A Recipe for Peace
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I plead with Euodia and I plead with Syntyche to be of the same mind in the Lord. Yes, and I ask you, my true companion, help these women since they have contended at my side in the cause of the gospel, along with Clement and the rest of my co-workers, whose names are in the book of life. Rejoice in the Lord always. I will say it again: Rejoice! Let your gentleness be evident to all. The Lord is near. Do not be anxious about anything, but in every situation, by prayer and petition, with thanksgiving, present your requests to God. And the peace of God, which transcends all understanding, will guard your hearts and your minds in Christ Jesus. Philippians 4:2-7
In these few sentences Paul moves from a personal message to a message for the church at large. It begins with what could be a familiar scenario: two godly women (gender doesn't matter here, it could just as easily have been two men) having a disagreement. We don’t know the details and it doesn’t matter. But note that these aren’t ornery, cantankerous, unbelieving ladies here – these are godly women who have contended for the Gospel with Paul. They’ve been saved by it, they’re standing in it, and they’re fighting for it . . . and they’re at odds with each other. It happens, even to the best of us.
Paul is emphatic that they both work on this, and they both move to meet in the middle, to agree in the Lord. So, we see that the place to resolve our disagreements is in the Lord. If anyone ought to be good at working out a snarl in a relationship, it ought to be believers.
You see, the problem with not having peace among ourselves is that disunity contradicts Christian servanthood and Gospel partnership and the life in God’s family that Paul has been outlining so far in his letter. So Paul says “agree in the Lord.”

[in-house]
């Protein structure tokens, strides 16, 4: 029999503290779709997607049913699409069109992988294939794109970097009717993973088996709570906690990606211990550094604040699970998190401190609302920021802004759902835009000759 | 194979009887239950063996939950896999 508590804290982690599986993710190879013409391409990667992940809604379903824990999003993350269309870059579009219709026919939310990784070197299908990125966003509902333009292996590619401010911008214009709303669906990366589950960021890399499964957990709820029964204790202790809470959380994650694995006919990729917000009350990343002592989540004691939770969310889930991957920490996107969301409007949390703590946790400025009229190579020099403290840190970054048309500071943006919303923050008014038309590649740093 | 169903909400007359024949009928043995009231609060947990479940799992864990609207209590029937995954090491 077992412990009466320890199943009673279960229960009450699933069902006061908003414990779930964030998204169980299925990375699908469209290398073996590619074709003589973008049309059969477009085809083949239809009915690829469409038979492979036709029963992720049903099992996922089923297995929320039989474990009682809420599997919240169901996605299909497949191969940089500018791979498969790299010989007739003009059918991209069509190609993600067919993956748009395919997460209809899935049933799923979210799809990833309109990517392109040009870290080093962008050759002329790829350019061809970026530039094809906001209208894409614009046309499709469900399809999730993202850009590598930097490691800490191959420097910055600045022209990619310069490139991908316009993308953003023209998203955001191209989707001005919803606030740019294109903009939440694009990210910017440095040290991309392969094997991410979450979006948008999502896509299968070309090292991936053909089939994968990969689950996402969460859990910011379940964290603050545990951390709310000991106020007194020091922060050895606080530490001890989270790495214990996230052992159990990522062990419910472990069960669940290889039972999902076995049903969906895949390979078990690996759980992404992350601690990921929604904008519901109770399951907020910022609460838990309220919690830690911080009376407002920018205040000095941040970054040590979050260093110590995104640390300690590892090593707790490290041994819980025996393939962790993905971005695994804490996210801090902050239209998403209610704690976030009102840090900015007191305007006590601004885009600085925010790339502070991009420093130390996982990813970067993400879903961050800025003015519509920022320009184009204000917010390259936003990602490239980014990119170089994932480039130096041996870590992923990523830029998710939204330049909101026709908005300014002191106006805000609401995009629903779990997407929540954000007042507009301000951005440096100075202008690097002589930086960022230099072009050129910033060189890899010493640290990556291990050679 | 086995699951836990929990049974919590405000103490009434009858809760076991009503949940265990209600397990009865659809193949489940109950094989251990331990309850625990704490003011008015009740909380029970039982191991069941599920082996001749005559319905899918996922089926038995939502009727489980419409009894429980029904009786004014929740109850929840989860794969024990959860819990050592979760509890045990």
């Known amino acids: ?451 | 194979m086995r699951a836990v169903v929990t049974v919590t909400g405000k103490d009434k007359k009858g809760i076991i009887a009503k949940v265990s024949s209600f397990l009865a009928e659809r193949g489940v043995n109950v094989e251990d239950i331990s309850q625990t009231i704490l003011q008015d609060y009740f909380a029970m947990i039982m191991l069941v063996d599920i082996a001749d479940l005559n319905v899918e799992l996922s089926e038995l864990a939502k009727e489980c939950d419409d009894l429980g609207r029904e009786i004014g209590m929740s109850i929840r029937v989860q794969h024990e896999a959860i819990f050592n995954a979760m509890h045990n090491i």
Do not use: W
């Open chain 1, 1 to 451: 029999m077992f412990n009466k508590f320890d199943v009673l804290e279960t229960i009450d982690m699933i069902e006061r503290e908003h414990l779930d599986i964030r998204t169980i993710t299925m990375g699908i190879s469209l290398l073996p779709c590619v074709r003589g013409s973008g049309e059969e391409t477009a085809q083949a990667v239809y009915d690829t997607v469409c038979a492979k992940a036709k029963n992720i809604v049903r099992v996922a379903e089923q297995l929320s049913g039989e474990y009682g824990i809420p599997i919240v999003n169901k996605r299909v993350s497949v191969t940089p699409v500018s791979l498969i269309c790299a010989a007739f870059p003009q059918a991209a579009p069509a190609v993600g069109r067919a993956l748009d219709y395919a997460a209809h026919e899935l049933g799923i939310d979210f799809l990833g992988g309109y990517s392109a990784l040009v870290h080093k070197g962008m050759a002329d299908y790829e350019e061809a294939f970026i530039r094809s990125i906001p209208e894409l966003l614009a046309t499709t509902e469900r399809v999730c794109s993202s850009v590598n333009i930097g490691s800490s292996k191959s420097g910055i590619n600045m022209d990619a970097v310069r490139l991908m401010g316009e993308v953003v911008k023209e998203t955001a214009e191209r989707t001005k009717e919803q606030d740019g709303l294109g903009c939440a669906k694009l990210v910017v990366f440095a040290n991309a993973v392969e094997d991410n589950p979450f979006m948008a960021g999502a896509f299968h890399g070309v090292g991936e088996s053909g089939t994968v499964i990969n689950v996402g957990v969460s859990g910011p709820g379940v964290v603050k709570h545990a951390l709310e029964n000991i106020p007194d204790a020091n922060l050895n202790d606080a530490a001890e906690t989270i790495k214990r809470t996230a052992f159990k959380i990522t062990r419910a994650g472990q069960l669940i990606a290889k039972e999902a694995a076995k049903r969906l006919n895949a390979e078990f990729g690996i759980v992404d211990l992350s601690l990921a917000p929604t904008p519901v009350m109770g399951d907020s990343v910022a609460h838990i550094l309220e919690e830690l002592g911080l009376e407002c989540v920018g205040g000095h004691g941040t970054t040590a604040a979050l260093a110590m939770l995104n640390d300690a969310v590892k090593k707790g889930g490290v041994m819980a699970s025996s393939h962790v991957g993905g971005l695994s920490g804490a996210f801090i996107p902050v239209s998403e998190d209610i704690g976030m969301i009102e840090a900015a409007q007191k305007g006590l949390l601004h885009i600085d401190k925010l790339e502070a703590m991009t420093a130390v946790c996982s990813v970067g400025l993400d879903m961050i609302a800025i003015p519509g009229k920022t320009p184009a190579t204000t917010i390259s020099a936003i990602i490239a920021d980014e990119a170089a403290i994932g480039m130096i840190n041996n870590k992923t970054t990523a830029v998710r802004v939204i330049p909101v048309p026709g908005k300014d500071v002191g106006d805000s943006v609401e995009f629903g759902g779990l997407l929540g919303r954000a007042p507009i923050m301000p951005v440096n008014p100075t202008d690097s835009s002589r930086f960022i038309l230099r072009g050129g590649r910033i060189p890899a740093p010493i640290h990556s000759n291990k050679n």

You see, if we get could lost in the glory and story of the "Gospel of peace", as it’s called in Ephesians - which is the work of Christ done on our behalf to remove our enemy status, to absolve our sins and dissolve the enmity between us and God and reconcile our relationship to God - if we could be truly caught up in that, then it will be much easier to find a way through difficult Christian relationships.
Think of it. If our names are next to each other in the Book of Life, we can agree in the Lord and not let differences become divisions.
Now Paul moves from his entreaty to these dear women, to what feels like a more general address to the Church and describes how we are to make peace amongst ourselves and in our daily lives.
"4 Rejoice in the Lord always. I will say it again: Rejoice! 5 Let your gentleness be evident to all. The Lord is near. 6 Do not be anxious about anything, but in every situation, by prayer and petition, with thanksgiving, present your requests to God. 7 And the peace of God, which transcends all understanding, will guard your hearts and your minds in Christ Jesus."